England and Wales lag behind other countries for paediatric insulin pump use

International study shows insulin pump use in England and Wales was 30% of that in other countries.

Study shows insulin pump (pictured) use in England and Wales was 30% of that in other countries. Researchers say the lower level of pump use in England/Wales may be due to relatively restrictive national guidelines on their use in paediatrics

Insulin pumps have been increasingly used in paediatrics in the past 15 years, but availability and support for these devices varies between countries. 

An international team of researchers compared data on 54,410 children and adolescents from three diabetes registries in the United States, Germany and Austria, and England and Wales. In all three registries, glycated haemoglobin (HbA1c) levels were significantly lower among insulin pump users than injection users, but the rate of pump use in England and Wales was around only 30% of that in the other countries.

HbA1c levels were also highest in England/Wales at a mean of 8.9mmol/mol vs 8.3mmol/mol and 8.0mmol/mol in the United States and German/Austrian registries, respectively.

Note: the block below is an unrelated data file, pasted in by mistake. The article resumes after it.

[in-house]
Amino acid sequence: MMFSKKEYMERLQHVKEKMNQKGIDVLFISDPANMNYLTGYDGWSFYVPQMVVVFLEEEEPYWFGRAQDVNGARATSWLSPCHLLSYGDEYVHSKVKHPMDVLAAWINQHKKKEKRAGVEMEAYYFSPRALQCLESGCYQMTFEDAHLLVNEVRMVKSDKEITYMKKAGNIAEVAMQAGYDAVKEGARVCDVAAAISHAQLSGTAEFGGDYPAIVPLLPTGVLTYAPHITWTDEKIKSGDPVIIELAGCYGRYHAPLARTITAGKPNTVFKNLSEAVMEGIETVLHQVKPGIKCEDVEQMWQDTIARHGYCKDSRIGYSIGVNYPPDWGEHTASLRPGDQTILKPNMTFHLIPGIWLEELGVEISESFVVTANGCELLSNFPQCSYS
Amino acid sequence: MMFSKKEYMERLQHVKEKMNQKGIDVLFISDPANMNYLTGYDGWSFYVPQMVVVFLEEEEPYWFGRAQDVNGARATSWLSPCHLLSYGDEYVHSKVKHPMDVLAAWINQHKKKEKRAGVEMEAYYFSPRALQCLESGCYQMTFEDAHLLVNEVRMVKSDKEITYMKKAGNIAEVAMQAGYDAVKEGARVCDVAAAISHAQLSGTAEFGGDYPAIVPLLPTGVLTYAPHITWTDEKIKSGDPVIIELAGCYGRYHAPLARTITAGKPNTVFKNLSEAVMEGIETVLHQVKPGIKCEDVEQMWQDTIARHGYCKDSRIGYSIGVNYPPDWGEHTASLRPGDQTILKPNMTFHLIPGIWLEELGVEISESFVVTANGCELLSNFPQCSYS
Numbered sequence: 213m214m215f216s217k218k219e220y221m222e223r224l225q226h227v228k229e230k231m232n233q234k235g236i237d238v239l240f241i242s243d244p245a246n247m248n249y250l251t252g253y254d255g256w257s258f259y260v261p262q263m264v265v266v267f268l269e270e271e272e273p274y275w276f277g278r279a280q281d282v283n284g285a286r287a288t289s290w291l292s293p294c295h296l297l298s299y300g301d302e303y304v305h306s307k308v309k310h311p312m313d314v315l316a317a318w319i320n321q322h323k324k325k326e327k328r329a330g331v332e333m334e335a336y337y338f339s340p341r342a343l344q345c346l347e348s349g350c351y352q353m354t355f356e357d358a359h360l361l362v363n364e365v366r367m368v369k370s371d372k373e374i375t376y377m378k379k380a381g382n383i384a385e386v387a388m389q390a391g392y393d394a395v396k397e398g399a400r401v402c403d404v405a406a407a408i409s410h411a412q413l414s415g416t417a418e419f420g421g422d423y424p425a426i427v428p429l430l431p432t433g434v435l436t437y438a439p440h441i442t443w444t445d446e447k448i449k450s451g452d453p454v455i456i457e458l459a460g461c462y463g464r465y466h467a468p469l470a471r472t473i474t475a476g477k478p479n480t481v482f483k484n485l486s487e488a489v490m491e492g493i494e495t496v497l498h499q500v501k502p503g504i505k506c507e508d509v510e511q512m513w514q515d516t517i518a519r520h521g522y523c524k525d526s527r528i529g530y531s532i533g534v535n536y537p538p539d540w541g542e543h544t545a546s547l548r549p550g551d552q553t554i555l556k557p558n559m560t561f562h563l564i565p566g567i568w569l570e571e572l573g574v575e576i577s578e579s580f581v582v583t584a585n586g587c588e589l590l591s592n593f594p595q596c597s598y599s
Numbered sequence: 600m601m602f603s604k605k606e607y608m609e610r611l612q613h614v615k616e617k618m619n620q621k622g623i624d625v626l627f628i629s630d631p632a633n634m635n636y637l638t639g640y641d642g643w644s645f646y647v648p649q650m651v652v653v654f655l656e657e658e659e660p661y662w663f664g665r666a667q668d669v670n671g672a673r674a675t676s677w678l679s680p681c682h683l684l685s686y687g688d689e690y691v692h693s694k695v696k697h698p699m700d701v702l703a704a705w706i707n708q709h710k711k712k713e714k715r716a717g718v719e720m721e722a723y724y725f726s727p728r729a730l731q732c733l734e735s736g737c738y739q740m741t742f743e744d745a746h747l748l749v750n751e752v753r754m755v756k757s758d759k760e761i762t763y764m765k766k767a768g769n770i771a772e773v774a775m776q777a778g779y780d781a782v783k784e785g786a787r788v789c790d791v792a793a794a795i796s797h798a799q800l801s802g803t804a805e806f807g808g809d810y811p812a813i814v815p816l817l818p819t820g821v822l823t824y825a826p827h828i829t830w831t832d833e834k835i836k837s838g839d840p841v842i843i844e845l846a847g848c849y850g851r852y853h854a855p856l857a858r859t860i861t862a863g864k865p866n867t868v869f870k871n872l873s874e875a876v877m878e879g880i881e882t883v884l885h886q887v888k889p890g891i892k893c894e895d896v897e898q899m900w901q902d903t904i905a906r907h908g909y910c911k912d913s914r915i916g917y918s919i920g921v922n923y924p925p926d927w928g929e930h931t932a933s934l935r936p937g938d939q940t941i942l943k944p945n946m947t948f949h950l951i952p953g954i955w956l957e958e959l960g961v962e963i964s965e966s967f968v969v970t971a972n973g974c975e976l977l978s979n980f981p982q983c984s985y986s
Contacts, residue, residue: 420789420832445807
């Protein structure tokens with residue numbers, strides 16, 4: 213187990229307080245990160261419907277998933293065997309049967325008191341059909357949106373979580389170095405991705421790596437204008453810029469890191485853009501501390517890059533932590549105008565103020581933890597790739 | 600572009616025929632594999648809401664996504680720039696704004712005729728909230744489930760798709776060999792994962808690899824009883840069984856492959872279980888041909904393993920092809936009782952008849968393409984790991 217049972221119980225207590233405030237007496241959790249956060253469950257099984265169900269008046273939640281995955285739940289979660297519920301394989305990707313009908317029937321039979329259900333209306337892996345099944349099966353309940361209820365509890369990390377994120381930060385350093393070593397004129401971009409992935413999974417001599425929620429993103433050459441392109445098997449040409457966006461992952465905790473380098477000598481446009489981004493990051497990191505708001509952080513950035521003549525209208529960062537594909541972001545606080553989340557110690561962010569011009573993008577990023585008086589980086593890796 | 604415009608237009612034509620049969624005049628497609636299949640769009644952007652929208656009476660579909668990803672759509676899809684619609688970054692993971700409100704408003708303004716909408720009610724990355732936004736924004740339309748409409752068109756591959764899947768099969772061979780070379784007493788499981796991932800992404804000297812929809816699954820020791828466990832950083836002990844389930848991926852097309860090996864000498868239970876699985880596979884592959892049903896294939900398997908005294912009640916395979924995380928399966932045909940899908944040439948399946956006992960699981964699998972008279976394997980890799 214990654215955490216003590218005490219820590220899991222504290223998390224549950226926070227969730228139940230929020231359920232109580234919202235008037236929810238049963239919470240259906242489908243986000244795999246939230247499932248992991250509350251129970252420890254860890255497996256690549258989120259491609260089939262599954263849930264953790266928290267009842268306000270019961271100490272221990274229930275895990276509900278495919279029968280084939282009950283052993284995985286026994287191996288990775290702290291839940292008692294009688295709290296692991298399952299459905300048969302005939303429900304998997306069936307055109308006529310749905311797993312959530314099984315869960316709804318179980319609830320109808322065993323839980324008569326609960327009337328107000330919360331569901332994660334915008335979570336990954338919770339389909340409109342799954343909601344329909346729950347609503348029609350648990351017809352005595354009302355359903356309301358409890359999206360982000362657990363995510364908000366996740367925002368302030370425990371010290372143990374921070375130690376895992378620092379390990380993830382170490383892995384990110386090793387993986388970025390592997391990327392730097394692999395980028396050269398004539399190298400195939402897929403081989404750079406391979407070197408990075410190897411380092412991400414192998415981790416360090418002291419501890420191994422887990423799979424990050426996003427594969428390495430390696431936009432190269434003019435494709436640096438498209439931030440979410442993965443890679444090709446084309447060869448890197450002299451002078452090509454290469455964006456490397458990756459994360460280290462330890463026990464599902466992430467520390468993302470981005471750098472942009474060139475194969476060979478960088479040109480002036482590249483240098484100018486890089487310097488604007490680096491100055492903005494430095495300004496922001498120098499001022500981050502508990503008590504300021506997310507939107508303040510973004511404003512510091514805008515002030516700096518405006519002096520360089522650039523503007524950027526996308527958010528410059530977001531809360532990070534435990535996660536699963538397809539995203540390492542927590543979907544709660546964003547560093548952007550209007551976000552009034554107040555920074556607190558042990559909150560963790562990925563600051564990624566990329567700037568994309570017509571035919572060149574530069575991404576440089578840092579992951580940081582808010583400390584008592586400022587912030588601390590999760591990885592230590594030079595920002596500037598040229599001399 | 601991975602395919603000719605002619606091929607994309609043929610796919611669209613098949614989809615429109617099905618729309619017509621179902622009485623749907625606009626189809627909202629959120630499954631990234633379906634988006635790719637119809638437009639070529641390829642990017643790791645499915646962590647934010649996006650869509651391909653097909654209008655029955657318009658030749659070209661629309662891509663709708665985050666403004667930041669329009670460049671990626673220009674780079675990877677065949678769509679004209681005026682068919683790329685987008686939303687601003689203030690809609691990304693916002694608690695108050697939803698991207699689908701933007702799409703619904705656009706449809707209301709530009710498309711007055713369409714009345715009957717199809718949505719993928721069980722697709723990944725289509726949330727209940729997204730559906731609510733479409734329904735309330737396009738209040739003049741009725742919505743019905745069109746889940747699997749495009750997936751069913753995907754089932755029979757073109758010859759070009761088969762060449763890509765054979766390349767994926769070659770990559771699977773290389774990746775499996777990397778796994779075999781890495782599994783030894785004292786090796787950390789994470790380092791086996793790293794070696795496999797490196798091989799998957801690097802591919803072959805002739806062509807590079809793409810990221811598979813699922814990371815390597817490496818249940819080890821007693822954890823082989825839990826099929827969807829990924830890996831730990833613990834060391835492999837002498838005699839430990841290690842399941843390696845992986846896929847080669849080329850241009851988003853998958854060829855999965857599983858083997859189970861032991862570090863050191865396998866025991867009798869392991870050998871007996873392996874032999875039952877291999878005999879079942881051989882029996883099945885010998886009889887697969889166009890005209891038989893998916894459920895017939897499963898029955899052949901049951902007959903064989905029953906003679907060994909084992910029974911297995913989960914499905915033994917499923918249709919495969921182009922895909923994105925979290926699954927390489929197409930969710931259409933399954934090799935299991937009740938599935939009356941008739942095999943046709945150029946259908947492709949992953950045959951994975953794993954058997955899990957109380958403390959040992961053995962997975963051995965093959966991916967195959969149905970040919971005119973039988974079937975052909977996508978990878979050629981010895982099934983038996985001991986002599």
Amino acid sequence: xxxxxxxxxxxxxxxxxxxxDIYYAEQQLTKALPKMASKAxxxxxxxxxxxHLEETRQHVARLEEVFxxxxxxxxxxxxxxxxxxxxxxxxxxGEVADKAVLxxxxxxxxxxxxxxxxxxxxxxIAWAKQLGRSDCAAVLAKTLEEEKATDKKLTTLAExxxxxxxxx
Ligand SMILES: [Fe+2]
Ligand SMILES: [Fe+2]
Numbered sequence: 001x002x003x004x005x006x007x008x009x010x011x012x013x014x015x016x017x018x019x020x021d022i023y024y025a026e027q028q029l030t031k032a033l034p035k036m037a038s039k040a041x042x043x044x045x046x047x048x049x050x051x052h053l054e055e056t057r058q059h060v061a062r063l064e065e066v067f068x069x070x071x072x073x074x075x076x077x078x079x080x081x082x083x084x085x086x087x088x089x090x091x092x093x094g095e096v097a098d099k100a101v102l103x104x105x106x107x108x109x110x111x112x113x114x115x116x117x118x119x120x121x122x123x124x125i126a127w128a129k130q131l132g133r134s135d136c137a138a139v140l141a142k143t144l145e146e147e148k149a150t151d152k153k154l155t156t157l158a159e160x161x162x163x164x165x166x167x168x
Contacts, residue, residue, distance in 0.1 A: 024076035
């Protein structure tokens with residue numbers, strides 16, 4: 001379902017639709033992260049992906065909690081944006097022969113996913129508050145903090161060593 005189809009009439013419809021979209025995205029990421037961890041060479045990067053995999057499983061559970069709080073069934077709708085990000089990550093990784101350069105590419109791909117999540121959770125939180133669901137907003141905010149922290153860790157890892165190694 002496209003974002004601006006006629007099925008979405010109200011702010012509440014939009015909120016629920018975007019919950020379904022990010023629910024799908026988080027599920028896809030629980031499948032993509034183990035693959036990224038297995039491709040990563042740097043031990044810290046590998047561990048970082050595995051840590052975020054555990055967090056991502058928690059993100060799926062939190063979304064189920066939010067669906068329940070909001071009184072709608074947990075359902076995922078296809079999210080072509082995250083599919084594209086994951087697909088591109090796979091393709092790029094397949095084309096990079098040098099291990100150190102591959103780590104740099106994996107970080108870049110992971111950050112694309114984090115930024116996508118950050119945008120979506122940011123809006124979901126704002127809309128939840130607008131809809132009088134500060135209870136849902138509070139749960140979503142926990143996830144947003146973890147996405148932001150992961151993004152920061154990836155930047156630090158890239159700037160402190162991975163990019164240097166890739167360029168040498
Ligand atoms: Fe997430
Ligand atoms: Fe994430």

Writing in Diabetologia (online, 7 November 2015)[1]
, the researchers say the lower level of pump use in England/Wales may be due to relatively restrictive national guidelines on their use in paediatrics.

References

[1] Sherr JL, Hermann JM, Campbell F et al. Use of insulin pump therapy in children and adolescents with type 1 diabetes and its impact on metabolic control: comparison of results from three large, transatlantic paediatric registries. Diabetologia 2015. doi:10.1007/s00125-015-3790-6

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Citation
The Pharmaceutical Journal, November 2015;Online:DOI:10.1211/PJ.2015.20200107